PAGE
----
HEAL and members participate at 2016 IPEN Global Meeting and Toxic-Free Future Forum
HEAL joined more than 120 environmental, health and human rights leaders from over 50 countries working locally and globally to ensure a just and healthy future for everyone by eliminating exposure to toxic chemicals gathered during the IPEN Global Meeting and Toxic-Free Future Forum from 14 – 18 November in San Francisco.
Photo credit: John Wickens
IPEN’s 2016 Global Meeting and Toxic-Free Future Forum brought together more than 120 environmental, health and human rights leaders from over 50 countries working locally and globally to ensure a just and healthy future for everyone by eliminating exposure to toxic chemicals.
The two-part meeting and forum addressed IPEN’s 2020 strategy, global policy updates, skill sharing, capacity-building, networking, and movement building to reduce toxic chemicals. The list of participants and their biographies is available here.
Photo credit: Genon Jensen, HEAL
Global meeting topics centered around IPEN’s 5-year 2020 Plan, and ranged from global chemical policy to specific on-the-ground efforts to eliminate mercury, lead paint and highly hazardous pesticides, to skill-building strategies for more effective communications and resource mobilization. Scientific experts from the Endocrine Society and partners from the Project TENDR (Targeting Environmental Neurodevelopmental Risks) also presented their findings on the impact of endocrine-disrupting chemicals (EDCs) and neurotoxicants on human health.
Global Toxics-Free Forum
The forum focused on priority and emerging chemical issues, including children’s, women’s, and human rights as they relate to chemical safety. IPENers showed their solidarity to groups who face injustice at home, and whose work is becoming more complicated and difficult due to political developments and pressure from the industrial lobby. The forum opened with a powerful presentation by former South Korea Samsung worker Hye-kung Han and her mother, Kim Syong, that was moderated by Jeong-Ok Kong, an occupational physician in Korea.
Caption: Former South Korea Samsung worker Hye-kung Han (right) and her mother, Kim Syong (right) with HEAL Executive Director, Genon Jensen. Photo credit: John Wickens
IPEN POs have signed a statement of solidarity with the workers, their families, and former workers of Samsung, condemning the treatment of the company’s workers and demanding safety in the workplace.
Goldman Environmental Prize winners and joint reception
IPEN was fortunate to develop a cooperation with the Goldman Environmental Foundation, and convene the IPEN Global Meeting in San Francisco, as several IPEN participating organizations are recipients of the Goldman Environmental Prize," note Olga Speranskaya, IPEN co-chair and 2009 Goldman Prize recipient. "As a result, we were able to introduce our partners to new opportunities to advance their work in their communities and globally. This support and solidarity with those who struggle for clean environment, safer and better life for all is crucial to sustain our work."
IPENers were enriched by the participation of so many Goldman Environmental Prize winners during the meetings, and HEAL was pleased to get to hear more and meet many of those Prize Winners attending.
Caption: Lois Gibbs, Founder of the Center for Health, Environment and Justice (CHEJ) and 1990 Goldman Prize winner (left) and HEAL Executive Director Genon Jensen. Lois’s story begin Niagara Falls, N.Y. in 1978, when she discovered that her home and those of her neighbors sat beside 20,000 tons of toxic chemicals. This shocking finding spurred Lois to lead her community in a struggle to protect their families from the hazardous waste in their own backyards. CHEJ is an inspiration for their frontline work in the fight for environmental health for 35 years.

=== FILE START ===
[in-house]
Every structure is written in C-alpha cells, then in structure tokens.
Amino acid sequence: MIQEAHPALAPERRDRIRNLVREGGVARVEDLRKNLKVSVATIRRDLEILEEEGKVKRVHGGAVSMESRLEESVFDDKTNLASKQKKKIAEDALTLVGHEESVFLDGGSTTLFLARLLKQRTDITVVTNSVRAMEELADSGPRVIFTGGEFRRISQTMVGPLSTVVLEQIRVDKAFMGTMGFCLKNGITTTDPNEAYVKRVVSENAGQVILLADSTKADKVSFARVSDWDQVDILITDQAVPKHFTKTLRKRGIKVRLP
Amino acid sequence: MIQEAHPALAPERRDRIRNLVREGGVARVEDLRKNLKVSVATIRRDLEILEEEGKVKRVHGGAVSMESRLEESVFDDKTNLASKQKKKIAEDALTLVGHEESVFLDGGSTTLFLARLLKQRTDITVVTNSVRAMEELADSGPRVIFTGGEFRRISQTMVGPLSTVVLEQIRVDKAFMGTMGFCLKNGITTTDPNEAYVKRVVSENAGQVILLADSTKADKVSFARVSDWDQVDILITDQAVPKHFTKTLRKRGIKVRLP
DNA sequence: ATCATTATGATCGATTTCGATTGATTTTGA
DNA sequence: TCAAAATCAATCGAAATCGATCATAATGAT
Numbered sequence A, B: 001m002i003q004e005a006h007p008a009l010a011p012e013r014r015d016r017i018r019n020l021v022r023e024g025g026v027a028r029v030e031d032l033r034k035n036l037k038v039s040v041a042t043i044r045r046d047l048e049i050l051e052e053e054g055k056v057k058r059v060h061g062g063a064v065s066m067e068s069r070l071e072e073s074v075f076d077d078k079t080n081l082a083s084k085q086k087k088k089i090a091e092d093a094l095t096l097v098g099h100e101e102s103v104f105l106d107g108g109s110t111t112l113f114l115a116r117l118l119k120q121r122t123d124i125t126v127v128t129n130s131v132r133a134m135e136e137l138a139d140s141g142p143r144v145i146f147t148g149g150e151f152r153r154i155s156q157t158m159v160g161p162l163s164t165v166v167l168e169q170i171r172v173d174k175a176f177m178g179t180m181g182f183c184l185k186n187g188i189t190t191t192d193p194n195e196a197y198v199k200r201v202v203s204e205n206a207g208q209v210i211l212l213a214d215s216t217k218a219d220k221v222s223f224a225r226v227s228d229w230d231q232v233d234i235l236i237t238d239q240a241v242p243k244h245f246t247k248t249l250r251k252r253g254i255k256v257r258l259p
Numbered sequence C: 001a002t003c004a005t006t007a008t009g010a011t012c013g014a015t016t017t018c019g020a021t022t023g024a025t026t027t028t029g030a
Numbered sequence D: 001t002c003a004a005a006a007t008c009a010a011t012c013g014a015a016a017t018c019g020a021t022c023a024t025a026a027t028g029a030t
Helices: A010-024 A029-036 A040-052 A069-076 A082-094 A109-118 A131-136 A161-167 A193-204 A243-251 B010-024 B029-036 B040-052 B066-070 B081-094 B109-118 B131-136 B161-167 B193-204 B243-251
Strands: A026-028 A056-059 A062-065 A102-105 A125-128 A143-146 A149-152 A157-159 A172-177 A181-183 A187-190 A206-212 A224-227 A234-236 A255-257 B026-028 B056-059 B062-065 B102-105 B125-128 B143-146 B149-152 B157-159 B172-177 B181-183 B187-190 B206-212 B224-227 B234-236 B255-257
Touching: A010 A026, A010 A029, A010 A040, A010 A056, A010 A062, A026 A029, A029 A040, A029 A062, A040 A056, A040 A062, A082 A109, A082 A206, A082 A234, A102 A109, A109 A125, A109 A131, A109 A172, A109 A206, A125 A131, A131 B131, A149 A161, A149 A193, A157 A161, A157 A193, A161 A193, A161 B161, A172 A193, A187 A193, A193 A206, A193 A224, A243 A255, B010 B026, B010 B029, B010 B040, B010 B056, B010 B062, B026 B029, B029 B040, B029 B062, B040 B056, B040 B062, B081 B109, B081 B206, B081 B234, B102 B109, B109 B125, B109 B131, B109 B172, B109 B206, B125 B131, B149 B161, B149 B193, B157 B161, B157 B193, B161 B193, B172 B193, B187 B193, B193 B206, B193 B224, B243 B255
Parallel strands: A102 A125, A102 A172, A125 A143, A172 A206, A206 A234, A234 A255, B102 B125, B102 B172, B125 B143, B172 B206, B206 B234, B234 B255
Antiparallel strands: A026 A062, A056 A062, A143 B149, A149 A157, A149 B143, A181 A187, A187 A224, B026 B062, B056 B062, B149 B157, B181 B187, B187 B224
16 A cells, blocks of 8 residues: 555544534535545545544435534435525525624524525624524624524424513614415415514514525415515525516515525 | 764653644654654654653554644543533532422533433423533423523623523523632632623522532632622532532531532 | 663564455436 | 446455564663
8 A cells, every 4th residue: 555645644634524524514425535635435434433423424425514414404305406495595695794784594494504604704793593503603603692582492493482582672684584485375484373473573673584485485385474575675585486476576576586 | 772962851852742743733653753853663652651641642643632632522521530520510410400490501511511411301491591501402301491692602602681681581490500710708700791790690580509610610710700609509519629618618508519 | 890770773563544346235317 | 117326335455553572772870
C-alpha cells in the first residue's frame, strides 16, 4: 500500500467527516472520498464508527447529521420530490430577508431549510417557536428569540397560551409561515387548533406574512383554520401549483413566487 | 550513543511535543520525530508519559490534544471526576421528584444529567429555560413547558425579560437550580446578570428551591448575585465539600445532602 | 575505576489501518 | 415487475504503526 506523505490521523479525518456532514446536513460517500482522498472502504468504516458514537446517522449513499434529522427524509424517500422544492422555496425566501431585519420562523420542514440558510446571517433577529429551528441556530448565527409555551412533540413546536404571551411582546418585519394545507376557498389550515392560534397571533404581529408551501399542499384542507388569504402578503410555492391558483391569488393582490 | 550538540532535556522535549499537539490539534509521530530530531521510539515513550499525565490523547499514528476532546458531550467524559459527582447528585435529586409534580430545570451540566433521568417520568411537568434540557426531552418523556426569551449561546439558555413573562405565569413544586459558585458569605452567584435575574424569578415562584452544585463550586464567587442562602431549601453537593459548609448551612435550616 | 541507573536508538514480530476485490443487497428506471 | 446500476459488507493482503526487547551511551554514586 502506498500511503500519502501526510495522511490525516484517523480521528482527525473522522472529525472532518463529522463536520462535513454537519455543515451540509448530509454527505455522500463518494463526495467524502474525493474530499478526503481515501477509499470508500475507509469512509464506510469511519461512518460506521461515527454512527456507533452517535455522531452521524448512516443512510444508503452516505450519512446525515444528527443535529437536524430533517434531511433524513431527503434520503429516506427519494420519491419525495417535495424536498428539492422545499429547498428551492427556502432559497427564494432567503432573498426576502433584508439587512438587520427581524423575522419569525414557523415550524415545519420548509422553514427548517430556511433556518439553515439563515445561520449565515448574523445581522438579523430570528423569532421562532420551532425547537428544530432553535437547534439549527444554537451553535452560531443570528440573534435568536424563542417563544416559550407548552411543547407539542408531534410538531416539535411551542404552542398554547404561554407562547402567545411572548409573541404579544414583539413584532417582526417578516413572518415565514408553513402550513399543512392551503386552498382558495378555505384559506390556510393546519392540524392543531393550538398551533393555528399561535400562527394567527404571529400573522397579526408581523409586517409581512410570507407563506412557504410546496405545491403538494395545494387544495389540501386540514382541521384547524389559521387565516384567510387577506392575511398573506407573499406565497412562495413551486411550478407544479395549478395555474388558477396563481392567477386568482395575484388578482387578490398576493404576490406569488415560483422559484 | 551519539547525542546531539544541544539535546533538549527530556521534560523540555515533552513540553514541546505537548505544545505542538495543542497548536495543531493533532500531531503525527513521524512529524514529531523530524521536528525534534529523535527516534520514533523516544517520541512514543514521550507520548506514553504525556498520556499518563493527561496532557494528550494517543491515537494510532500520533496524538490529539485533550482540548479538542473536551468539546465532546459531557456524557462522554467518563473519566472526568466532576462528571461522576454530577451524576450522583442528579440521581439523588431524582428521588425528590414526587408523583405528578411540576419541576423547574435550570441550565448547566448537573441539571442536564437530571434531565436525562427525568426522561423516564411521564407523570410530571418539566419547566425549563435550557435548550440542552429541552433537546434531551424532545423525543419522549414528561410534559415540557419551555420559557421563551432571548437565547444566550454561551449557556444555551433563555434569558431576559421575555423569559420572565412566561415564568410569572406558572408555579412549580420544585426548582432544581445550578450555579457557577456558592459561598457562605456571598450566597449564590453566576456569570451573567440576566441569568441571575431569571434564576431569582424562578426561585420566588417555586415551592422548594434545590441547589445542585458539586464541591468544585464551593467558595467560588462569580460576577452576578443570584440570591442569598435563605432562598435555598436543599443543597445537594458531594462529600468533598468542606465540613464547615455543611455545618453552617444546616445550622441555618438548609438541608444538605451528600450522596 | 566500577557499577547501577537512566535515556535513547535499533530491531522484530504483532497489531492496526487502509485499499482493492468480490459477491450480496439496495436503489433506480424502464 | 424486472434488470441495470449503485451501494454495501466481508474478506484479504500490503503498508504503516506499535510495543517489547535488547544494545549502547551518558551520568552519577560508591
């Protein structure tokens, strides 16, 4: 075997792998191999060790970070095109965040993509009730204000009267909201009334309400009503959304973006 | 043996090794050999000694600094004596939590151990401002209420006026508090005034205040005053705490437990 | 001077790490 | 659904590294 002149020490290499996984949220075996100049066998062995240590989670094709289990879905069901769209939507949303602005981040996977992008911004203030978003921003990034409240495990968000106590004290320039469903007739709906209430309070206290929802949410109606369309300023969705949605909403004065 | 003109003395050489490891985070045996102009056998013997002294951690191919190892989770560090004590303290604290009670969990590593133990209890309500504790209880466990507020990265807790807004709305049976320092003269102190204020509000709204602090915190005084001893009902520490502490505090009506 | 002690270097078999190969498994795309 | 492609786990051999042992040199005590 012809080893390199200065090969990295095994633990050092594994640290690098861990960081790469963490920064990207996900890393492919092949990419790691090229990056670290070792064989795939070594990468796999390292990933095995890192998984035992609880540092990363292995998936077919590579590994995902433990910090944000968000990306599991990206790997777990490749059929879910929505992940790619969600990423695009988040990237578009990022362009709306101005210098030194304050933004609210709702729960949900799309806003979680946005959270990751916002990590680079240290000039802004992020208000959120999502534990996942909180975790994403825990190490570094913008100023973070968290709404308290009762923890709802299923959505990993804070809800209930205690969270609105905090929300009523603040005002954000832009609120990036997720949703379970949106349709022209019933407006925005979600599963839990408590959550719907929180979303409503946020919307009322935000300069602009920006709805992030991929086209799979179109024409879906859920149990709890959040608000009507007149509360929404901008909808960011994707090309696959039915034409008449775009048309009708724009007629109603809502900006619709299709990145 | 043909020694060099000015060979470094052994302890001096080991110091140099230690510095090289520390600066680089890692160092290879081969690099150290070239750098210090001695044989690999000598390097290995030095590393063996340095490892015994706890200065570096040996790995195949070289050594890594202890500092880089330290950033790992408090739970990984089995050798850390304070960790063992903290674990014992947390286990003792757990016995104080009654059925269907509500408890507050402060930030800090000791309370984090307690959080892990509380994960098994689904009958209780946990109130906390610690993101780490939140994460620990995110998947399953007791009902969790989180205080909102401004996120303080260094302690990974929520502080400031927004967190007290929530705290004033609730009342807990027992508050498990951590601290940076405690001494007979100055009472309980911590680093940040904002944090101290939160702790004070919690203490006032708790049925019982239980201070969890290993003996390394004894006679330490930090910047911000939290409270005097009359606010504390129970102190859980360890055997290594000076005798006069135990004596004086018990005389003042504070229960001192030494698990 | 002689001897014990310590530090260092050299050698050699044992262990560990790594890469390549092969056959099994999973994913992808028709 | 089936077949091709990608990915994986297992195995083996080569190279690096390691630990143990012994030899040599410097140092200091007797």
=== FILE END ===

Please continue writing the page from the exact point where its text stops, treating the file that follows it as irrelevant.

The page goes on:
Caption: Ricardo Navarro, Founder of the Salvadoran Center for Appropriate Technology (CETA), 1995 Goldman Prize winner for his work to restore El Salvador’s environment, decimated by 12 years of civil war.
HEAL’s Genon K. Jensen and Lisette van Vliet both participated during the whole week together with HEAL members ALHem – Safer Chemicals Alternative from Serbia, Armenian Women for Health and Healthy Environment (AWHHE) and Women in Europe for a Common Future Germany (WECF).
Caption: Posters from HEAL at the IPEN exhibition. Photo credit: HEAL.
Caption: Posters from HEAL member amnika Randelovic ALHem – Safer Chemicals Alternative, Serbia at the IPEN exhibition. Photo credit: HEAL.
HEAL secretariat and member organisation participation in IPEN meeting:
• On 14 November Jasminka Randelovic of HEAL member ALHem – Safer Chemicals Alternative from Serbia participated in a panel to discuss chemicals without harm.
• On 16 November, Johanna Hausmann and Alexandra Caterbow of HEAL member WECF Germany participated in a session on sustainable chemistry: solutions for a toxics-free future?
• On 17 November, HEAL’s Executive Director Genon K. Jensen presented on the state of European Union policies to address EDCs. WECF Germany’s Alexandra Caterbow co-chaired this session.
• On 17 November, Gohar Khojayan of HEAL member AWHHE in Armenia highlighted how testing revealed unsafe children’s products and weak regulations in six countries.
• On 18 November, Alexandra Caterbow of HEAL member WECF Germany presented in a session on women’s rights: gender and toxic chemicals.
Photo credit: John Wickens
IPEN’s website and multi-lingual resources
Presentation by Genon K. Jensen, presented during the IPEN meeting
Last updated on 20 December 2016
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